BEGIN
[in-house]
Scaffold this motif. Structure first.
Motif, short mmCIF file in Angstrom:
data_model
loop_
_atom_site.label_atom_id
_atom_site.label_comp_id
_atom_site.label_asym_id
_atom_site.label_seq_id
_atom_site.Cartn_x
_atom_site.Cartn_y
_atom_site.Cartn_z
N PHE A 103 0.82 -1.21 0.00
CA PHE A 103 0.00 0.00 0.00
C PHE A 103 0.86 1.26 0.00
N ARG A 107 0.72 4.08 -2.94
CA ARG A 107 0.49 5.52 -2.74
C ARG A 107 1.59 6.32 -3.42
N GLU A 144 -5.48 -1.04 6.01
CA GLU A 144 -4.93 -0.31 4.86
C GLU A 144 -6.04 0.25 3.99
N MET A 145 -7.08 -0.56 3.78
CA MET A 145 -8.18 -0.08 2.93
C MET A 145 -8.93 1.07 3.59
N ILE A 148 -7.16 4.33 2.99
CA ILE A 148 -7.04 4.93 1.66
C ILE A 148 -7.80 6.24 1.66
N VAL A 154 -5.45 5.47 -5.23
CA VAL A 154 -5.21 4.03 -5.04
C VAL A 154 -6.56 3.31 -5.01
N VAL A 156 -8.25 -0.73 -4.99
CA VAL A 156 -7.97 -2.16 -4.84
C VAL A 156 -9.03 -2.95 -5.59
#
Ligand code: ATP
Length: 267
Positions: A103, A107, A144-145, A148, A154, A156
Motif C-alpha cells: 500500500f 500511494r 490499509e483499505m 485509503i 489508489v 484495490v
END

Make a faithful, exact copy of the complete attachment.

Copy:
[in-house]
Scaffold this motif. Structure first.
Motif, short mmCIF file in Angstrom:
data_model
loop_
_atom_site.label_atom_id
_atom_site.label_comp_id
_atom_site.label_asym_id
_atom_site.label_seq_id
_atom_site.Cartn_x
_atom_site.Cartn_y
_atom_site.Cartn_z
N PHE A 103 0.82 -1.21 0.00
CA PHE A 103 0.00 0.00 0.00
C PHE A 103 0.86 1.26 0.00
N ARG A 107 0.72 4.08 -2.94
CA ARG A 107 0.49 5.52 -2.74
C ARG A 107 1.59 6.32 -3.42
N GLU A 144 -5.48 -1.04 6.01
CA GLU A 144 -4.93 -0.31 4.86
C GLU A 144 -6.04 0.25 3.99
N MET A 145 -7.08 -0.56 3.78
CA MET A 145 -8.18 -0.08 2.93
C MET A 145 -8.93 1.07 3.59
N ILE A 148 -7.16 4.33 2.99
CA ILE A 148 -7.04 4.93 1.66
C ILE A 148 -7.80 6.24 1.66
N VAL A 154 -5.45 5.47 -5.23
CA VAL A 154 -5.21 4.03 -5.04
C VAL A 154 -6.56 3.31 -5.01
N VAL A 156 -8.25 -0.73 -4.99
CA VAL A 156 -7.97 -2.16 -4.84
C VAL A 156 -9.03 -2.95 -5.59
#
Ligand code: ATP
Length: 267
Positions: A103, A107, A144-145, A148, A154, A156
Motif C-alpha cells: 500500500f 500511494r 490499509e483499505m 485509503i 489508489v 484495490v